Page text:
Path Finder

Post 10 (Jared)

Please note that this entry covers two sessions.

As the semester draws to a close we find ourselves with a new gamemaster, Travis, and with him a rather new style of gameplay. The focus of things has shifted away from combat encounters and more onto adventuring and exploration. This first of our two session with him, in fact, was our first ever in which we didn’t engage in combat even once (Well, that isn’t technically true, since we did at one point begin a combat encounter with some manner of swamp beast. It turned out early in the encounter, however, that he (it?) was not actually hostile. The bulk of our play session was actually spent conversing with the brute, in what seemed to be futile attempt to figure out precisely what his motivations were and if he could aid us in our current adventure in any way.) The second session did include more combat, but against less traditional enemies (giant leaches and a very angry sentient vine).

I’m not going to go into further detail on our final sessions, however, as this is likely my last entry and I want to use it to make some closing comments on my semester-spanning Pathfinder experience.

So, after all this time playing Pathfinder (the first time I’ve played a tabletop RPG with any regularity), what are my closing thoughts? What I find my self thinking about the most is that it represents a very unique gaming experience that harkens back to childhood games of make-believe. In fact, thinking of it in this way raises some interesting ideas that I think are worth bringing up here. I’m making this argument without any empirical evidence (and would be curious to hear your thoughts on it, Ted), but I’m going to attempt it nonetheless.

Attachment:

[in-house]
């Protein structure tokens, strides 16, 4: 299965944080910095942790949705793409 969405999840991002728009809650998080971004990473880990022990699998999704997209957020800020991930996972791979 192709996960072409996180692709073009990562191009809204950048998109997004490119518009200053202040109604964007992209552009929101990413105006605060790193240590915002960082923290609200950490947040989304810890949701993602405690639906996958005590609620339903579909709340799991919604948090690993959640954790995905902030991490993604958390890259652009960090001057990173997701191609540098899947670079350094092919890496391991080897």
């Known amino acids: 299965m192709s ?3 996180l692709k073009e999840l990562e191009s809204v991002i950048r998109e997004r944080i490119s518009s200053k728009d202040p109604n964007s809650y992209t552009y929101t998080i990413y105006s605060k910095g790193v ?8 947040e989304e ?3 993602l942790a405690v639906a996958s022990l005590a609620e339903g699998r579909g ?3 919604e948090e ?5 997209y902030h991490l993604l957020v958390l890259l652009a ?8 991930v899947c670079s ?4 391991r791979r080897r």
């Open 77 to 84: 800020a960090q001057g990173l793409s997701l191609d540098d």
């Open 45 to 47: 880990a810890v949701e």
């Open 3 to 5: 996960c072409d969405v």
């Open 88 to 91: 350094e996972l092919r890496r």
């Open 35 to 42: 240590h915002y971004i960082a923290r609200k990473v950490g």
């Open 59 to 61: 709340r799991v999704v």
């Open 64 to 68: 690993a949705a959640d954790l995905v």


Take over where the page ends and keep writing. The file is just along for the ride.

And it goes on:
There seems to be an an evolution of the types of games we play as children, progressing from completely open-ended make-believe games to progressively more rule-structured, organized affairs. Schoolyard games seem to follow (very roughly) an evolution that cuts out fantasy and freedom in favor of added structure, moving from things like pure, unstructured make-believe, to more organized role-playing like ‘cops and robbers’, and then on to organized sports games without any fantasy elements. Now of course I make no claims that this applies to every child, nor that this pattern is anything close to set in stone, but in general there does seem to be a move away from fantasy and role-playing elements in the games we play as we ‘grow up’.

I’m painting with some pretty broad strokes here, but I would argue that as kids grow up, they are conditioned to engage in social activities that supplant creativity and imagination in favor of organization and order. Consider two examples: playing on a soccer team and playing a make-believe game of knights and dragons with some friends. Both are social activities, and clearly games, but the first (in my mind at least) is far more directed at preparing kids to work in a rigidly-structured team environment. One could make the argument, then, that games like organized sports (and highly rule-structured social games in general) are more ‘practical’ in terms of life preparation, and I wonder if this implicitly responsible for some of the stigma against fantasy gaming.